Women turning to illegal abortion pills in rising numbers, charity warns

Campaigners say women are risking prosecution by buying pills online

Jane Kirby
Wednesday 15 February 2017 01:17 GMT

Desperate women are thought to be turning to illegal abortion pills in rising numbers, a charity has warned.

The British Pregnancy Advisory Service (Bpas) said women were risking prosecution by using the pills to induce an abortion, but most were unaware of the risk.

Bpas, which provides abortions at its clinics across the country, obtained data from the Medicines and Healthcare products Regulatory Agency (MHRA) which shows 645 abortion pills were seized in 2015 and 2016 on their way to addresses in England, Wales, and Scotland.

The number of pills seized as part of Operation Pangea has risen from five pills in 2013 to 375 in 2016.

​Bpas, which wants abortion to be decriminalised, said many women were unaware they could face prosecution and lifetime imprisonment for buying pills online to induce their own abortion.

The law states that abortions can be provided only when women meet certain requirements and two doctors approve the request.

Ann Furedi, chief executive of Bpas, said: "At Bpas, we do all that we can to make abortion services as accessible as possible. However, it is clear that for some women the barriers to clinic-based treatment feel insurmountable.

"These are women in desperate and difficult circumstances. They are not criminals deserving of life imprisonment.

"Evidence suggests that as awareness of online abortion pills is increasing, so too are the numbers of women using these methods.

"Women in these circumstances should not face criminal punishment and we should not support a legal framework which threatens just that."

The UK's own abortion ban, explained in 3 minutes

Women on Web, a not-for profit online abortion provider, sends abortion pills to countries where abortion is illegal. It will also send them to women in the UK under exceptional circumstances.

British women contacting Women on the Web show some of the reasons being given for seeking pills online.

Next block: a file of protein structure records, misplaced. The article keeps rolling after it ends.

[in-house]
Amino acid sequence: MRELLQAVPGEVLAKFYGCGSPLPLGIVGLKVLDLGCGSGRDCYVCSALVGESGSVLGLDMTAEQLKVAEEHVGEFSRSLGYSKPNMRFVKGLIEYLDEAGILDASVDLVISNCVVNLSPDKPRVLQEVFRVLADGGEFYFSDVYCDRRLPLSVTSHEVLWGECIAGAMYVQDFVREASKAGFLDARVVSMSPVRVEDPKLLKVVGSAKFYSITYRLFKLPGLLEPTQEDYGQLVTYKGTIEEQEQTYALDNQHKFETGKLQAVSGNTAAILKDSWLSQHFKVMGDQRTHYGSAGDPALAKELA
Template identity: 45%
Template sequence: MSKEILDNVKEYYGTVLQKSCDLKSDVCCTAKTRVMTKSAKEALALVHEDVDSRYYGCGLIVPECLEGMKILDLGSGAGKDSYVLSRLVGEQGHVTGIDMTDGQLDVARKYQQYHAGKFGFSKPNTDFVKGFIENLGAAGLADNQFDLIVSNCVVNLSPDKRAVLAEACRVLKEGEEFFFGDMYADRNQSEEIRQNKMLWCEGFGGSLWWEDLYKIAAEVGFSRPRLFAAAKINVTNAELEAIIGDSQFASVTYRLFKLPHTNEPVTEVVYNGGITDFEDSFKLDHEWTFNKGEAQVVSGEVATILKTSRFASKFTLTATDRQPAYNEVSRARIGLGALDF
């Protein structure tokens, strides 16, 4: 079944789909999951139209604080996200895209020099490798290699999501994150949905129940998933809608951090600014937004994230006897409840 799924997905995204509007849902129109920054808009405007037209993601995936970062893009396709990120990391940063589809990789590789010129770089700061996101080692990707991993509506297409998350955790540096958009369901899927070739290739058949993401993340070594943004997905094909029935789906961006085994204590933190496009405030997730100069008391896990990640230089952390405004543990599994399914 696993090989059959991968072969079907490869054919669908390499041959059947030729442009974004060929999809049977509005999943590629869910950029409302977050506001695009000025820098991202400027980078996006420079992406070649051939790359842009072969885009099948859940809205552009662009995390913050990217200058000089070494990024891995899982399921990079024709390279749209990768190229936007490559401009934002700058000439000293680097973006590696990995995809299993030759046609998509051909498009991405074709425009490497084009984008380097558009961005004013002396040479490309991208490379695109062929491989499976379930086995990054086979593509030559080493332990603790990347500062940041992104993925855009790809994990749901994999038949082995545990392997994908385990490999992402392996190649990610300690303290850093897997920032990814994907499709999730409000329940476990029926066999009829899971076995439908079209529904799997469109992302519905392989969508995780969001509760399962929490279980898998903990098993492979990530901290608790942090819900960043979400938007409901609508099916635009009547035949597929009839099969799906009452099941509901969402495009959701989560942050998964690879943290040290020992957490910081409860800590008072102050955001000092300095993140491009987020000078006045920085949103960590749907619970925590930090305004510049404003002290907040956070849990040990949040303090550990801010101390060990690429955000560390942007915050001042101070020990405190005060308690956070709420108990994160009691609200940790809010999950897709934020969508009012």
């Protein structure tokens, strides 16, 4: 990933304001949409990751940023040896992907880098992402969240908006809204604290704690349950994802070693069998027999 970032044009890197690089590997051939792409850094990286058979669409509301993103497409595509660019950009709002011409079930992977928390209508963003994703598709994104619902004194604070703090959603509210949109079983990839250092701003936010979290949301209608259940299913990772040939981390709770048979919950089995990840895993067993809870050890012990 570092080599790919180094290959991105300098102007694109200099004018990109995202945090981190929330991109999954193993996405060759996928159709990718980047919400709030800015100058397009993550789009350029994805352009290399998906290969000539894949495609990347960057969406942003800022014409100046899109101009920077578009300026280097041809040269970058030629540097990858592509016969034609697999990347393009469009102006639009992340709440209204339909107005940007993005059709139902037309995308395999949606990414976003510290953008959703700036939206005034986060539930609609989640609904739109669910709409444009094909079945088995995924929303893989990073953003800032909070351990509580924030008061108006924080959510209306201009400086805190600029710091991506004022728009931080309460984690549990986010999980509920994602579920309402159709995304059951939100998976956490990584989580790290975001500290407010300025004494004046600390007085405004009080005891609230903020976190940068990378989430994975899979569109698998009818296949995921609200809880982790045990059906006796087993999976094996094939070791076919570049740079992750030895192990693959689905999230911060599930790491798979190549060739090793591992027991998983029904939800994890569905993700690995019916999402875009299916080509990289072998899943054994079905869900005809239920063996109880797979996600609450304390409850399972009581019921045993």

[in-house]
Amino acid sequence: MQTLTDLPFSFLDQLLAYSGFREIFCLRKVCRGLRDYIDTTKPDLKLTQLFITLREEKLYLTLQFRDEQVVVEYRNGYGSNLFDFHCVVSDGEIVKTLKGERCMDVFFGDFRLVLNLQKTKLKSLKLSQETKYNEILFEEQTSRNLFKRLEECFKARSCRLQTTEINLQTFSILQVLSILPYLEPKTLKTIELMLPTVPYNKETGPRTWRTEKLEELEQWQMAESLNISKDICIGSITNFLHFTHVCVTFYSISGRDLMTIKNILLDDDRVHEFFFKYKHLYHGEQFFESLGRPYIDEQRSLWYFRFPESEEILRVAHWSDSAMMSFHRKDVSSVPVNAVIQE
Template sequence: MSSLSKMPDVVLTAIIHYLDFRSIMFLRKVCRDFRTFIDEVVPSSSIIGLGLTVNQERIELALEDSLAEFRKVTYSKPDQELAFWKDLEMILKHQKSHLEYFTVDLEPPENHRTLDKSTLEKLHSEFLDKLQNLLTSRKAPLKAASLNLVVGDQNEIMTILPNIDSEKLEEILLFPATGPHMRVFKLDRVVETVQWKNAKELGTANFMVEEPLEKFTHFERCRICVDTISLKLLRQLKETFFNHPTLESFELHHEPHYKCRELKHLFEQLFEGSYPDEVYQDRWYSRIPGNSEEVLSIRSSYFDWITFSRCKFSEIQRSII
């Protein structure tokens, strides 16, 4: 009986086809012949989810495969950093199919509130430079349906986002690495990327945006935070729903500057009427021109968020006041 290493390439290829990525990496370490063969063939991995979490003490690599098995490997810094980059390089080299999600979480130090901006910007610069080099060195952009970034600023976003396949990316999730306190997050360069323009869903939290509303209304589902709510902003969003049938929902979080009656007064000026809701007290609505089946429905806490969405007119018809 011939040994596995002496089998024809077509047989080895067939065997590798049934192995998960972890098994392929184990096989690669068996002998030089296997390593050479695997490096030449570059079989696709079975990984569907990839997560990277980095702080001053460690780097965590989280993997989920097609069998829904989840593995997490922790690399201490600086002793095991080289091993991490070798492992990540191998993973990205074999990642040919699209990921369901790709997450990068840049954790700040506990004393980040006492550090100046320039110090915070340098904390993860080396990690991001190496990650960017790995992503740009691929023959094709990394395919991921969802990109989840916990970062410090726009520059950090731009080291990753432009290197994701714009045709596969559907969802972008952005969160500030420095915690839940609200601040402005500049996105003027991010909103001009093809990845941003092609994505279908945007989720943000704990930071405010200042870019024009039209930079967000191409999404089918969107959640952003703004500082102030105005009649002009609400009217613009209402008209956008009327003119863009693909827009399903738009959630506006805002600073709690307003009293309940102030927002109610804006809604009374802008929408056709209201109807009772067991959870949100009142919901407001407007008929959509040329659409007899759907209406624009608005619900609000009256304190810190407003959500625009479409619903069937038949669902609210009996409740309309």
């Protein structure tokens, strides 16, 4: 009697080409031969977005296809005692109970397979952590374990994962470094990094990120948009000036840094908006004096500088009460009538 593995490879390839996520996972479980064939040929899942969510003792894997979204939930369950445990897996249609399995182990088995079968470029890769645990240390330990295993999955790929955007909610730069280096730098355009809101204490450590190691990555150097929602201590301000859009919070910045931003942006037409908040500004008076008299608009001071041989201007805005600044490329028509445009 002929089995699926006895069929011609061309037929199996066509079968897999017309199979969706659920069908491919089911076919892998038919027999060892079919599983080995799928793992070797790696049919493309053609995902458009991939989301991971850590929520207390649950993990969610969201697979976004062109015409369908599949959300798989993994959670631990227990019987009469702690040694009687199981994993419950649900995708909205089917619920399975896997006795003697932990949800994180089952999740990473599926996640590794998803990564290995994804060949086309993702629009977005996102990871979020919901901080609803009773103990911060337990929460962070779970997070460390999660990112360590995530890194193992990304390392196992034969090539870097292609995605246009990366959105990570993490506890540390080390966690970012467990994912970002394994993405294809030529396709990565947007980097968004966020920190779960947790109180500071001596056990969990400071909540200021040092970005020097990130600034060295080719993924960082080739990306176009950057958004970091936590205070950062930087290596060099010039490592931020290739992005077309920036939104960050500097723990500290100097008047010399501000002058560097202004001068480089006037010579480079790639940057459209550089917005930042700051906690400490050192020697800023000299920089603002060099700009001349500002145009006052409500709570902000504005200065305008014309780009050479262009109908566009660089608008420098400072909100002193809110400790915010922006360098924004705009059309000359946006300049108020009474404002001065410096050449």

One woman wrote: "I've just found out I'm pregnant and I can't keep the baby, can you tell me if I can get the tablets from you please.

"I am in the UK but it's impossible for me to get to a clinic due to having a disabled daughter who I can't leave and I have no one else I can trust.

Pro Choice activists rally outside City Hall in Belfast, Northern Ireland, in January
Pro Choice activists rally outside City Hall in Belfast, Northern Ireland, in January (Getty)

"I'm in a complete mess, clinics said I have to leave my daughter at home but I have no one else at all to have her, due to her disabilities a nursery can't have her. I'm one week late.

"I'm in good health and have no allergies or medical conditions. Please I'm really desperate for help."

Another said: "I live in [a rural area in England] and have no friends and the relatives I have I am not close to.

"I was hoping to have a termination in the comfort of my own home without judgmental eyes and without worrying about my husband knowing.

"I fear what would happen if he did. I have three children and my third is 11 months old. I considered an abortion when he was conceived and had a terrible pregnancy and still suffering from post natal depression.

"I will try to seek help, anonymously if possible. I'm in great need of help."

Sophie Walker, leader of the Women's Equality Party - which supports decriminalisation, said: "Women's equality and wider choices depend on having control of our own bodies.

"In 2017, it should not be the case that women still have to fight for their reproductive rights and access to sexual health care."


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